On this day: Queen Victoria in London

Her_Majesty_Greeting_her_People,_Diamond_Jubilee_Pageant,_London,_England Queen Victoria riding a coach through a crowd of onlookers during her Diamond Jubilee procession. 22nd June 1897

Link to enlarge the image.

This photograph was taken in London on the 22nd of June, 1897. Queen Victoria, then aged seventy-eight, takes part in a procession in honour of her Diamond Jubilee – sixty years on the British throne.

The Queen would die less than four years after this image was taken.


On this day: the “Protein Man” in London

Englishman Stanley Green, a self-styled “dietary reform activist” whose mission was to decrease people’s libidos by changing their diets, photographed on Oxford Street in London on the 21st of June, 1974.

On this day: Vintage Manchester

SELNEC_bus_ex_Bolton_Corporation_livery_in_Bolton,_Greater_Manchester_8_April_1973 bus. Still in the colours of the former Bolton Corporation municipal bus operation0 It is seen on Black


A bus in Bolton, Greater Manchester, England is seen here on the 8th of April, 1973.

Bolton – once a mill town – was a hub for Flemish weavers as early as the 14th century.

The vehicle in the photograph is painted in the colours of the former Bolton Corporation municipal buses, and is seen opposite the bus station, on Black Horse Street.

The Cottingley Fairies by Ana Sender

The Cottingley Fairies by Ana Sender

Fairies exist and these girls have proof!

Elsie and Frances feel sad for adults who simply can’t see the magic in the forests around them. If only they could see what we see. Taking photos is like opening windows . . .

And that’s just what they did.

In 1918, Elsie Wright and her cousin Frances Griffith photographed fairies in their garden, in the small village of Cottingley (Yorkshire). Without expecting it, many people paid attention—including renowned writer and spiritualist Sir Arthur Conan Doyle. Although initially reluctant, the famous author convinced a large part of public opinion.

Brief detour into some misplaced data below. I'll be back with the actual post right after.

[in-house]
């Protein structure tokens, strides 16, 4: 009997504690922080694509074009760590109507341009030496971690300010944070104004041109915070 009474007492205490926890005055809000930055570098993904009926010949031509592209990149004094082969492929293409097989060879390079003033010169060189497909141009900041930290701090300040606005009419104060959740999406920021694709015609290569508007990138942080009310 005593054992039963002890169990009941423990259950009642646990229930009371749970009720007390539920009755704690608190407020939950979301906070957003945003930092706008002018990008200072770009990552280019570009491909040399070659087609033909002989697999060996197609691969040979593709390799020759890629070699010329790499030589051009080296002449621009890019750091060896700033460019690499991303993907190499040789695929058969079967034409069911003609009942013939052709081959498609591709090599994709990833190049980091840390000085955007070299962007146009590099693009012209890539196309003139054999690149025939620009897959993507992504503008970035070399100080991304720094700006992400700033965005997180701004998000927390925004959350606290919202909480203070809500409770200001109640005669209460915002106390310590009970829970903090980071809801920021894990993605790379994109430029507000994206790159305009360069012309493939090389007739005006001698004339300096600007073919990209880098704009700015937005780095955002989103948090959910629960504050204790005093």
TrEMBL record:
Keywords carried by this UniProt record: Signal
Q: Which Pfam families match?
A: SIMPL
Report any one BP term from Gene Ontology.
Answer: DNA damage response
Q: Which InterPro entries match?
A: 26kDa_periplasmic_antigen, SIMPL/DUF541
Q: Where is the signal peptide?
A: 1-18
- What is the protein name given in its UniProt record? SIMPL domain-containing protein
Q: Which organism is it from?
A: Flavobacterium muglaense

This is the story, narrated by Elsie herself, of the true events.

The Cottingley Fairies by Ana Sender

In the 1910s, two cousins in West Yorkshire, England became famous after releasing photographs of what they claimed to be real fairies. Many people were tricked into believing the girls, including – infamously – Sir Arthur Conan Doyle of Sherlock Holmes fame.

Cottingley_Fairies_1The first of the five photographs, taken by Elsie Wright in 1917, shows Frances Griffiths with the alleged fairies.

It was decades before one of the women involved admitted that the pictures were faked; the other maintained until her death that while four were fake, the fifth and final one was real.

Cottingley-sunbathFairies and Their Sun-Bath, the fifth and last photograph taken of the Cottingley Fairies, the one that Frances Griffiths insisted was genuine.

The fifth picture.

I remember learning about these “fairies” as a child, but the fact they were fake was never in question.

Any author of a children’s book on this topic is going to have to make the decision: do you present facts, or do you go along with the assertion that the fifth image really was of fairies?

Ana Sender has chosen to finish her book with the possibility fairies do, in fact, exist, and that the girls really photographed them.

A smart choice? A silly one? Coming from someone who never believed in Santa, I’m probably not the best one to judge…

Sender’s take on the “Cottingley Fairies” uses childlike illustrations, which will appeal to some readers, while others will prefer something more magical for the subject matter. I’ve noticed a trend in this sort of illustration in recent children’s books.

Unfortunately, my review copy was disastrous. In ebook form, it began halfway through the book, the text didn’t appear until the midway point, and I was glad there wasn’t a lot of it to decipher the order of!

As always, buy books for younger readers in paper form.


Review copy provided by NetGalley.

On this day: Stanley Green was born

Protein Wisdom

On Oxford Street on the 21st of June, 1974.

Englishman Stanley Green, a self-styled “dietary reform activist” whose mission was to decrease people’s libidos by changing their diets, was born in Harringay, north London on the 22nd of February, 1915.

Stanley_Green,_Oxford_Street,_1977Englishman Stanley Green, a self-styled dietary reform activist whose mission was to decrease people's libidos by changing their diets, was born in Harr

In 1977

For twenty-five years, from 1968 until 1993, Green patrolled major shopping boulevard Oxford Street in London carrying placards and trying to convince people to take up a low-protein diet in order to both lose interest in sex and to become kinder.

Green died in December of 1993. He’d gained enough fame that obituaries for him were published in several major newspapers.